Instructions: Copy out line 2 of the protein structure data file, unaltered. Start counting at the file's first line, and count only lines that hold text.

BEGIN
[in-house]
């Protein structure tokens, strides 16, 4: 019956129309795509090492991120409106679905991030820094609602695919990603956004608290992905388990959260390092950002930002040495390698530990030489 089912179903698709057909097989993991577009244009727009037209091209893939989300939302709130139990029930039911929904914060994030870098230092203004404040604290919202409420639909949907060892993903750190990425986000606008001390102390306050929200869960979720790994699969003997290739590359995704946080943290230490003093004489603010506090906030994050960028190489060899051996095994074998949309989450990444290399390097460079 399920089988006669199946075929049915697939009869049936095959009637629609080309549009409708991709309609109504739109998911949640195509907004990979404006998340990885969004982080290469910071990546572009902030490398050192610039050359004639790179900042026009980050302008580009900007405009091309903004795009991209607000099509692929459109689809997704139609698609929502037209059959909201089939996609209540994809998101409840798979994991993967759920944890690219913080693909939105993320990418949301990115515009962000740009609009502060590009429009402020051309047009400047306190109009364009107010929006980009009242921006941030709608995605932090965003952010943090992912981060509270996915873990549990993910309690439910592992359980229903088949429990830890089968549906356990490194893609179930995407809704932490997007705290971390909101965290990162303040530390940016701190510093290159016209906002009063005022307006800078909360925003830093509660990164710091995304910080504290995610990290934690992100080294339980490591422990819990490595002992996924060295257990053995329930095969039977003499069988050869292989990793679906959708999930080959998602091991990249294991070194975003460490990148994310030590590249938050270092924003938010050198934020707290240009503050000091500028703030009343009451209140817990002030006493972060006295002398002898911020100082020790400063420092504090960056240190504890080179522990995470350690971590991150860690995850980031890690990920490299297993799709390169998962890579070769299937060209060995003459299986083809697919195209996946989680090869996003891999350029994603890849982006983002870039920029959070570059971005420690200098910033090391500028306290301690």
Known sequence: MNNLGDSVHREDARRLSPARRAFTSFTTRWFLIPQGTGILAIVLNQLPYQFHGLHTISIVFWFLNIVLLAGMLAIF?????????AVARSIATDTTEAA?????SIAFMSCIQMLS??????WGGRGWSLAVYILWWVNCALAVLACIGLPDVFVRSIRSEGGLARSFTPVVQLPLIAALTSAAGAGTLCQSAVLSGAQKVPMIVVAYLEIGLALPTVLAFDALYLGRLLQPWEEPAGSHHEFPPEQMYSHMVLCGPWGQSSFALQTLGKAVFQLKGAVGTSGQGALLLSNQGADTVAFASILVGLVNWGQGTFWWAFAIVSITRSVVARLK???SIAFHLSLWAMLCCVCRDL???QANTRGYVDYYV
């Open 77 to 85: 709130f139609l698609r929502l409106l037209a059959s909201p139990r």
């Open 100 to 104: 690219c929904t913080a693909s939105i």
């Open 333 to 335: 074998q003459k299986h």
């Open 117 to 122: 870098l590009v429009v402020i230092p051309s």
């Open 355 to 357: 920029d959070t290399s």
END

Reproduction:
């Protein structure tokens, strides 16, 4: 019956129309795509090492991120409106679905991030820094609602695919990603956004608290992905388990959260390092950002930002040495390698530990030489 089912179903698709057909097989993991577009244009727009037209091209893939989300939302709130139990029930039911929904914060994030870098230092203004404040604290919202409420639909949907060892993903750190990425986000606008001390102390306050929200869960979720790994699969003997290739590359995704946080943290230490003093004489603010506090906030994050960028190489060899051996095994074998949309989450990444290399390097460079 399920089988006669199946075929049915697939009869049936095959009637629609080309549009409708991709309609109504739109998911949640195509907004990979404006998340990885969004982080290469910071990546572009902030490398050192610039050359004639790179900042026009980050302008580009900007405009091309903004795009991209607000099509692929459109689809997704139609698609929502037209059959909201089939996609209540994809998101409840798979994991993967759920944890690219913080693909939105993320990418949301990115515009962000740009609009502060590009429009402020051309047009400047306190109009364009107010929006980009009242921006941030709608995605932090965003952010943090992912981060509270996915873990549990993910309690439910592992359980229903088949429990830890089968549906356990490194893609179930995407809704932490997007705290971390909101965290990162303040530390940016701190510093290159016209906002009063005022307006800078909360925003830093509660990164710091995304910080504290995610990290934690992100080294339980490591422990819990490595002992996924060295257990053995329930095969039977003499069988050869292989990793679906959708999930080959998602091991990249294991070194975003460490990148994310030590590249938050270092924003938010050198934020707290240009503050000091500028703030009343009451209140817990002030006493972060006295002398002898911020100082020790400063420092504090960056240190504890080179522990995470350690971590991150860690995850980031890690990920490299297993799709390169998962890579070769299937060209060995003459299986083809697919195209996946989680090869996003891999350029994603890849982006983002870039920029959070570059971005420690200098910033090391500028306290301690």